2. Biogeochemical impacts of filament cutting.
    Figure 2: Biogeochemical impacts of filament cutting.

    ac, Microprofiles of oxygen, sulphide and pH measured in undisturbed sediment cores (a), 10–60min (b) and 1day (c) after passing a thin tungsten wire (50µm diameter) horizontally through the sediment near the oxic–anoxic interface. Data are presented as mean values±s.e.m. (oxygen and pH, n = 9; sulphide, n = 6). Volume-specific rates of oxygen consumption rates (grey areas) are calculated from numerical modelling of the measured oxygen concentration profiles.

  3. Biogeochemical effects of filter pore size.
    Figure 3: Biogeochemical effects of filter pore size.

    ac, Depth distributions of oxygen concentrations (red circles) and pH (blue circles) measured after 20days of incubation in sediment cores containing polycarbonate filters with different pore sizes: 2.0µm (a), 0.8µm (b) and 0.22µm (c). The filter position is indicated by the dashed line. Volume-specific rates of oxygen consumption (grey bars) were estimated from numerical modelling of the oxygen concentration profiles. Data are presented as mean values±s.e.m. (n = 6).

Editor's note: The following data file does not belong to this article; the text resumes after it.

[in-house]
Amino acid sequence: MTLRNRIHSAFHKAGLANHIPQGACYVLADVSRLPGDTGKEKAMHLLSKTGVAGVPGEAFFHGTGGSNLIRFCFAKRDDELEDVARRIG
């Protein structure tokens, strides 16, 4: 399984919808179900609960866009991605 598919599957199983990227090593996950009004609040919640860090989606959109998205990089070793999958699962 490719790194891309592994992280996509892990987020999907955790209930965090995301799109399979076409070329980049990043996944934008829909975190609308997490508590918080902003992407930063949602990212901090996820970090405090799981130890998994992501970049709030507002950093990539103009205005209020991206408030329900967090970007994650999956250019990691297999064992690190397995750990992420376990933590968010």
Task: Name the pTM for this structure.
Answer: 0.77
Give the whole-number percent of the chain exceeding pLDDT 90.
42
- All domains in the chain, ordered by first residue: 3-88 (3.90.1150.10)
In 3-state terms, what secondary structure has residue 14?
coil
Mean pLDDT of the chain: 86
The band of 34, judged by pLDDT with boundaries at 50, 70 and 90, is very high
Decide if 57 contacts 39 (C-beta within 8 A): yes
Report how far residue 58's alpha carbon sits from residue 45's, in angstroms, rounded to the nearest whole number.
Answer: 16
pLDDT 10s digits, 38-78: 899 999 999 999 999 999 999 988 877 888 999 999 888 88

4. Effect of layer of glass beads intercalated in the sediment.
    Figure 4: Effect of layer of glass beads intercalated in the sediment.

    a, Oxygen concentrations (red lines), pH (blue lines) and sulphide concentrations (black lines) in three sediment cores with an intercalated layer of electrically inert glass microspheres reaching from 3mm down to 8mm sediment depth (hatched area). b, Micrograph showing filamentous Desulfobulbaceae extracted from a glass bead section and hybridized with the specific ELF654 FISH probe. DAPI-stained chromosomes are visible in some cells of the filament.